October 2020

The identification on this plant is not entirely clear. It may be the female plant of Ruscus aculeatus also known as butchers broom.

The month was mild and beautiful. Although we had our first cold nights you can’t tell by looking at the garden. We had just enough rain to keep the plants happy but not enough to force us indoors. There were many hours dedicated to playing outside despite the dwindling daylight. I lost several weekends to family visits for salmon fishing and hunting season so I got less done than I had hoped in the garden. And as always the garden managed just fine without me.

Daylight has been decreasing but that hasn’t stopped the plants from taking advantage of the lovely conditions. A number of them decided it was a good time to have a second flowering including Alstroemeria and Perovskia. My fuchsia is making a particularly good show now that the heat of the summer has died back. Even as I write this after the first frost at the end of the month it is still blooming cheerfully.

Autumn has also brought a bounty of berries and seed heads. The Iris Foetidissima has been particularly striking with its vibrant orange seed pods. The ground has been covered in leaves despite the continuous raking and mulching. Our leaf pile is a good seven feet tall and ten feet wide. My fingers are crossed for a good wind to get the rest of the leaves off the tree so I can be done with raking for the year.

Iris Foetidissima also known as Stinking Iris is usually planted for this bright orange fruit which is usually ignored by birds and often lasts until winter.

What I’m Up To This Month:

  • Dividing more irises (seriously there is a lot)
  • Planting daffodil bulbs
  • Trimming lavender and Russian sage
  • Raking so many leaves
  • Planting tulip bulbs
  • Pruning back yellowed and dead Hosta leaves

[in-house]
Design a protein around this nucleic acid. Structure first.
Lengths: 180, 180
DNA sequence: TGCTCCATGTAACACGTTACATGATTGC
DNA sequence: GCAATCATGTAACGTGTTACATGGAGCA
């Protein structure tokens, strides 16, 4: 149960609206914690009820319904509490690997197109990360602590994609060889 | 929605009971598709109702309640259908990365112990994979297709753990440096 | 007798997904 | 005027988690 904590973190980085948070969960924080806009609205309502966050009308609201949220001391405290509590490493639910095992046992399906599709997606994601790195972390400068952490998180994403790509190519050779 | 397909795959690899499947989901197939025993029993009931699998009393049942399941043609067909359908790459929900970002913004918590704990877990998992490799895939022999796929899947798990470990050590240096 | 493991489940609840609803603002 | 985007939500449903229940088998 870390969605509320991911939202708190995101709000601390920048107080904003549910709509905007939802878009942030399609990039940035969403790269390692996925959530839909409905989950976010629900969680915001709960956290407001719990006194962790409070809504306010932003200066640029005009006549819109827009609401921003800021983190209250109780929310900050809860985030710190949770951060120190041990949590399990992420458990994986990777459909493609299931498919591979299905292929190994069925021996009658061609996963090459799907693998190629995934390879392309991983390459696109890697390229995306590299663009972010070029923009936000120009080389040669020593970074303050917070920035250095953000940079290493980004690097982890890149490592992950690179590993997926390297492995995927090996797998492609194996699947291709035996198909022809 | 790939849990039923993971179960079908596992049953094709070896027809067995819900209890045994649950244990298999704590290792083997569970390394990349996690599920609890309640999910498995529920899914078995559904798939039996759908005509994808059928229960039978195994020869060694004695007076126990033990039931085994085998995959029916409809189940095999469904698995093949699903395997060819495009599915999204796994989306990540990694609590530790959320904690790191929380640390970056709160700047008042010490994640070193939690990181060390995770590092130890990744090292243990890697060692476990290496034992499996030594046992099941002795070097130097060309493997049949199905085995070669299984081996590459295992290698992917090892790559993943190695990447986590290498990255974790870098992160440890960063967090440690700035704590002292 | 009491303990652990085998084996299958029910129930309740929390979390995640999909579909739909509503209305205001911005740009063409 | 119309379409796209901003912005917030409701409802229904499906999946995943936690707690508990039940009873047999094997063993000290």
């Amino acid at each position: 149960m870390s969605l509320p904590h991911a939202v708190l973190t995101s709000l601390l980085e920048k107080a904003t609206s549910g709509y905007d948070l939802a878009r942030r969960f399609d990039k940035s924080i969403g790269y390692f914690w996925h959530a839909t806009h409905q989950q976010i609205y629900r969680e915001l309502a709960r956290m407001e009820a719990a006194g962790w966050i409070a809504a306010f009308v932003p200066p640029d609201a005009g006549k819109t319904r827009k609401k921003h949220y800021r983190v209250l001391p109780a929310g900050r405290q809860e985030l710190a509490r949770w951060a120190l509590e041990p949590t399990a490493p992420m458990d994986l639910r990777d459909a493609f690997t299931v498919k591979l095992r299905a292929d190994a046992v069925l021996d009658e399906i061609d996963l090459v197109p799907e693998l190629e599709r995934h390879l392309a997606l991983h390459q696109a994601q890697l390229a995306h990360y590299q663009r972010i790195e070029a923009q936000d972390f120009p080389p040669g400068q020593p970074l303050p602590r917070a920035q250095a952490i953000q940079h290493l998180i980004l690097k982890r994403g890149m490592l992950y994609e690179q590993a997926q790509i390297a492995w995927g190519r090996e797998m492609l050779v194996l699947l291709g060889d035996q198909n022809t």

• Trimming overgrown and ragged looking salvia (fall trimming is not always recommended but it is crowding a path)
  • Pulling all the baby oaks helpfully planted by the squirrels

This Month’s Featured Plant

This Fuchsia Megellanica is also known as Hardy Fuchia. It had stopped blooming during the heat and drought this summer but started again in October and looks stunning.

Fuchsias are some of my favorite plants because they are so showy. Their copious flowers are dramatic in both shape and color. My garden has a medium sized Fuchsia Megellanica. Its pendent flowers are long and tapered with bright red color. The flowers are smaller than some other fuchsia varieties but no less abundant.

My fuchsia had a difficult summer with heat between 90 and 100 for several weeks and no rainfall. Even with shade and watering, it suffered and had few blooms. But fast forward to October and this plant became a star. The entire shrub is covered in flowers and isn’t showing any signs of stopping as we roll into November. It sits pretty snuggly to the house and didn’t seem to mind the two freezes we had mid-October.

Fuchsia Megellanica is known as Hardy Fuchsia and can be grown from Hardiness Zones 6-10. It prefers partial sun and fertile, moist but well drained soil. That said it can tolerate the full gamut of sun conditions as well as soil types as long as the soil is fertile. Although more hardy than other fuchsias it likes protection from winter winds and a deep mulch to protect its roots. Fuchsias attract many pollinators including bees, butterflies and moths as well as hummingbirds which are a favorite of mine.

At this point Shady Oaks Garden only has one Fuchsia Megellanica which seems a pity because of the abundant shade. I think I will be trying to take some cuttings and spread this beautiful plant throughout the garden next year.

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